(SHOH-guh-nate) The government of medieval Japan in which the Shogun, a military and civil regent, served as the actual leader, while the emperor was the symbolic head of the state and religion. There were three shogunates throughout Japanese history - 1) the Kamakura Shogunate (1192–1333), 2) the Ashikaga Shogunate (1336–1573), and 3) the Tokugawa Shogunate (1603–1868).
Governor → Government
Shogun → Shogunate
Caliph → Caliphate
Sultan → Sultanate
Sakura is indigenous to many Asian states including: China, India, Japan, and Korea.
Rights attached to parcels of land (shoen) in Japan.
Shiki is pronounced SHEE-kee.
First known novel in Asian, if not world, history.
The Tale of Genji was authored by a female courtier. The tale is about life in the Japanese medieval court.
A sock with a separation for the big toe; worn with thong sandals by the Japanese.
Tabi are traditional Japanese socks.
Though not a primary weapon of the Ninja, nunchakus (also known as "nunchucks") were used because they could be adapted for many situations. Aside from being easy to carry, the nunchakus were used to defend against most any weapon from a bo to a sword. By trapping the blade of a sword with the chain between the two sticks, a Ninja could entangle and disarm a sword-weilding attacker.
The same concept applies to almost every other weapon. The nunchakus were not just used for defense, they could also be effectively employed against an enemy in an offensive way. The Ninja could strangle an opponent or even execute joint locks with the chain or cord between the two sticks.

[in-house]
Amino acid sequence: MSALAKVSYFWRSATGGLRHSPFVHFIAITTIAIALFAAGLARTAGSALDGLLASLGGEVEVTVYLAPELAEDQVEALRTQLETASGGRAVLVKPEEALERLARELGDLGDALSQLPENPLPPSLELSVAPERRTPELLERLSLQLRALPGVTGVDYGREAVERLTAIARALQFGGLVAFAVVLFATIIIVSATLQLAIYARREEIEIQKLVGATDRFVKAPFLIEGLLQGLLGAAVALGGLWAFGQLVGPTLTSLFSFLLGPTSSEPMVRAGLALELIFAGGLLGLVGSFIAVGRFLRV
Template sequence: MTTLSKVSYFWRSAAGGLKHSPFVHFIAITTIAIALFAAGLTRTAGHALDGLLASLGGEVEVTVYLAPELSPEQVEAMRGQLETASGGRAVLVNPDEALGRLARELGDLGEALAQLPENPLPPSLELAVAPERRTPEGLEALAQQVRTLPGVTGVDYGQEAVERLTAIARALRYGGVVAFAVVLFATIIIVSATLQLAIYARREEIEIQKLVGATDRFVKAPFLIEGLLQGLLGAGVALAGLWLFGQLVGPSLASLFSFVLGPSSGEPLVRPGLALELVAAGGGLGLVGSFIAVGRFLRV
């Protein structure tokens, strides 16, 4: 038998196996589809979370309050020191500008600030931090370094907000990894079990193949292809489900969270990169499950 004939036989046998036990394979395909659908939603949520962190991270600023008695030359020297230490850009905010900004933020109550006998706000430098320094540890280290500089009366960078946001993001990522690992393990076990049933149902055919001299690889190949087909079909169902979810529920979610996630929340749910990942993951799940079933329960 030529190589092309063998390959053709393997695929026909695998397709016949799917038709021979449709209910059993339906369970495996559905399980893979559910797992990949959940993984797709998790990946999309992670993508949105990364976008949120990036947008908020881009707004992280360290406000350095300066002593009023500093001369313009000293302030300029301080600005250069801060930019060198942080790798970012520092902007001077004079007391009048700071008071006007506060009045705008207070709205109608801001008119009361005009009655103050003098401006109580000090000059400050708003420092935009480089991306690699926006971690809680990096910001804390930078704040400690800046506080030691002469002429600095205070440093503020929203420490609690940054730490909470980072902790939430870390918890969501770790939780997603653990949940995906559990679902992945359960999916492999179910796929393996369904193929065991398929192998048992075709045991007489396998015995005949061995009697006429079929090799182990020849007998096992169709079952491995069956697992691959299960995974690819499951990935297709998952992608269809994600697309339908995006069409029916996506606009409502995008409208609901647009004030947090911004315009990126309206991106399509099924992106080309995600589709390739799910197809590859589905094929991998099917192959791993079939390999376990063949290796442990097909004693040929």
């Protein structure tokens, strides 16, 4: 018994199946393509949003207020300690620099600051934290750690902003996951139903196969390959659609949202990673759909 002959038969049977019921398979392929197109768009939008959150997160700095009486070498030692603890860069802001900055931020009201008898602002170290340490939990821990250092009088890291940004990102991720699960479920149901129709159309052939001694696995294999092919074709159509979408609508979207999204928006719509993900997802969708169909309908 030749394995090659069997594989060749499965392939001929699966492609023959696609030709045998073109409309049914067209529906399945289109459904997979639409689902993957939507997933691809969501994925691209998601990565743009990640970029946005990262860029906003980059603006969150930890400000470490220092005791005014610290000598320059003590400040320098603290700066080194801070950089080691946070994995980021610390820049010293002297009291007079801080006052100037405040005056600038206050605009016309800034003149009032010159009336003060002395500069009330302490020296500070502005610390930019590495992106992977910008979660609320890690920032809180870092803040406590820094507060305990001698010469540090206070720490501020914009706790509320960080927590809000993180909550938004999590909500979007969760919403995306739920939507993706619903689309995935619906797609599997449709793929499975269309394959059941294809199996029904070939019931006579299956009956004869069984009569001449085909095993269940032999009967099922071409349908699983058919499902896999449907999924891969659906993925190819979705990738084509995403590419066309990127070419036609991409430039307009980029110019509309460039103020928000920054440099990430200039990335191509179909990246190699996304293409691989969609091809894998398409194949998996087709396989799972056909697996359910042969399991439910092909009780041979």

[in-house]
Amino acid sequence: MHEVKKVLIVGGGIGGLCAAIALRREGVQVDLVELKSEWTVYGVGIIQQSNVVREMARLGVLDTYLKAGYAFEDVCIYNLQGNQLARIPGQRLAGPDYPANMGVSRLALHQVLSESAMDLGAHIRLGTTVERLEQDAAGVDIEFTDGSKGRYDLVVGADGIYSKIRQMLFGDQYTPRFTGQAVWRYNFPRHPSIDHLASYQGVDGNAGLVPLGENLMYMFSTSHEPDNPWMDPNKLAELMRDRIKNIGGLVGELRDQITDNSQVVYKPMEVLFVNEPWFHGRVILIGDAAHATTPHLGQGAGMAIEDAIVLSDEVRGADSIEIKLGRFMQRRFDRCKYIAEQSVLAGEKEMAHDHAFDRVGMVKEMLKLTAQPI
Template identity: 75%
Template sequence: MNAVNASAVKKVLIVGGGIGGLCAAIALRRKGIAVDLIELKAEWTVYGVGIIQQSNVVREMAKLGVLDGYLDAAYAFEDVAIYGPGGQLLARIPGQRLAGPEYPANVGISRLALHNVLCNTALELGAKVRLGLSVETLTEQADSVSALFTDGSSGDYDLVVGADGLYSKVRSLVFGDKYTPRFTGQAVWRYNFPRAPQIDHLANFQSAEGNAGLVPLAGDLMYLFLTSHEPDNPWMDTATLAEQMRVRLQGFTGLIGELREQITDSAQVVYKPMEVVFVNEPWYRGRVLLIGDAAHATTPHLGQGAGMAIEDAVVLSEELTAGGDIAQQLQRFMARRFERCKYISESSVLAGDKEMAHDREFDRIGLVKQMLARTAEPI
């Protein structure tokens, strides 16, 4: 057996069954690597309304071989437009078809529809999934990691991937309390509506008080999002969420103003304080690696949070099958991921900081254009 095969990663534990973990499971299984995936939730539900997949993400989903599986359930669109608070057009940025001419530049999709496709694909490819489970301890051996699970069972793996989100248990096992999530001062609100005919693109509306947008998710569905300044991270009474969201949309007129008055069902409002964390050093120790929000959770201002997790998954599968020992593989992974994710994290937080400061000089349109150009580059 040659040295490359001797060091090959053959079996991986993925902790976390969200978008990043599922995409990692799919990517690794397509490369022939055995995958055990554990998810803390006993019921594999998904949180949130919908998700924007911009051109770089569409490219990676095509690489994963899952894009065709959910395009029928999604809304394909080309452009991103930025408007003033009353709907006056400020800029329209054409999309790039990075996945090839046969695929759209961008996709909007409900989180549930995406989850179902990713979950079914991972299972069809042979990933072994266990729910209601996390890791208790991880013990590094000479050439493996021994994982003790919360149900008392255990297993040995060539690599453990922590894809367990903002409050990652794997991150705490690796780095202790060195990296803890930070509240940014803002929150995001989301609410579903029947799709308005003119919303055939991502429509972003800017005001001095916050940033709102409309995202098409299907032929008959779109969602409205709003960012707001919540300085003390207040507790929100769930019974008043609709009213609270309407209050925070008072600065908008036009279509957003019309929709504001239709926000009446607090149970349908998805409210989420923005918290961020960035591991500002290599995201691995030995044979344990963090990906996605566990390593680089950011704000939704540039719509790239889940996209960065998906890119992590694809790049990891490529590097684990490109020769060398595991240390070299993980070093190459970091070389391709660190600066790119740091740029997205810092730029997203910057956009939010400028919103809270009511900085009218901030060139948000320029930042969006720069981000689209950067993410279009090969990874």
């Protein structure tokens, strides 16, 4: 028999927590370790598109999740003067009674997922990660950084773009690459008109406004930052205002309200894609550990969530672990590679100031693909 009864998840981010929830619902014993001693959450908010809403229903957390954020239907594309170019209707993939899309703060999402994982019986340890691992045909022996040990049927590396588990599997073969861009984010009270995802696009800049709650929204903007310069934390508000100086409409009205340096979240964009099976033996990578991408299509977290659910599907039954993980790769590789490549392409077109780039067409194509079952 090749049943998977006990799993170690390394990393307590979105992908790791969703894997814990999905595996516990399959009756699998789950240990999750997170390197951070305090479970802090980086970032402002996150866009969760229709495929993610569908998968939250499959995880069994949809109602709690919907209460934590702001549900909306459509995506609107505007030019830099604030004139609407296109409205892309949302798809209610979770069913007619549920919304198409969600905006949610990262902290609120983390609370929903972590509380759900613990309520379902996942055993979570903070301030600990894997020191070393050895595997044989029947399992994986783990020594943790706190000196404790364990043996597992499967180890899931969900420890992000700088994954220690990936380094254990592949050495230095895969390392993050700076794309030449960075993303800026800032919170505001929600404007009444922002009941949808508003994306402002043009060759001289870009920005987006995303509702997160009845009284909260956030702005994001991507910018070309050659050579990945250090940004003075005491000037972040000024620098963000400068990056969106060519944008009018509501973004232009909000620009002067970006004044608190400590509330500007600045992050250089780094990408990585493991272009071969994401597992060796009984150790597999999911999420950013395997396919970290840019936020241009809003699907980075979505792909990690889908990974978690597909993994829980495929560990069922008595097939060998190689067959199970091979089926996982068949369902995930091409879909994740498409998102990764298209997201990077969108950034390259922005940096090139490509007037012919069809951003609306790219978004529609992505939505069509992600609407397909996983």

Straw matting used as a floor covering especially in a Japanese house.
Tatami mats are woven straw mats closely associated with Japanese culture, where they have been an enduring feature for centuries. The densely woven mats are traditionally used as a floor covering, and a number of traditions surround their use. The classic size of a tatami mat is three by six feet (one by two meters), although a wide assortment of shapes and sizes are available in addition to custom mats. This standard size is often used as a room measurement, much as square footage is used in many parts of the West. Thus, one may hear a room described as “four and a half mats.” Many Japanese import stores stock tatami mats, and they can also be ordered directly. The early roots of tatami mats were probably simple rushes strewn on the floors of rooms to keep them more dry and clean. Gradually, rushes were replaced with woven mats, which evolved an inner layer of stuffing such as straw or rice bran. Tatami mats are traditionally edged in fabric such as brocade to keep the layers together. Today, the filling for tatami mats is often a synthetic material, designed to resist wear.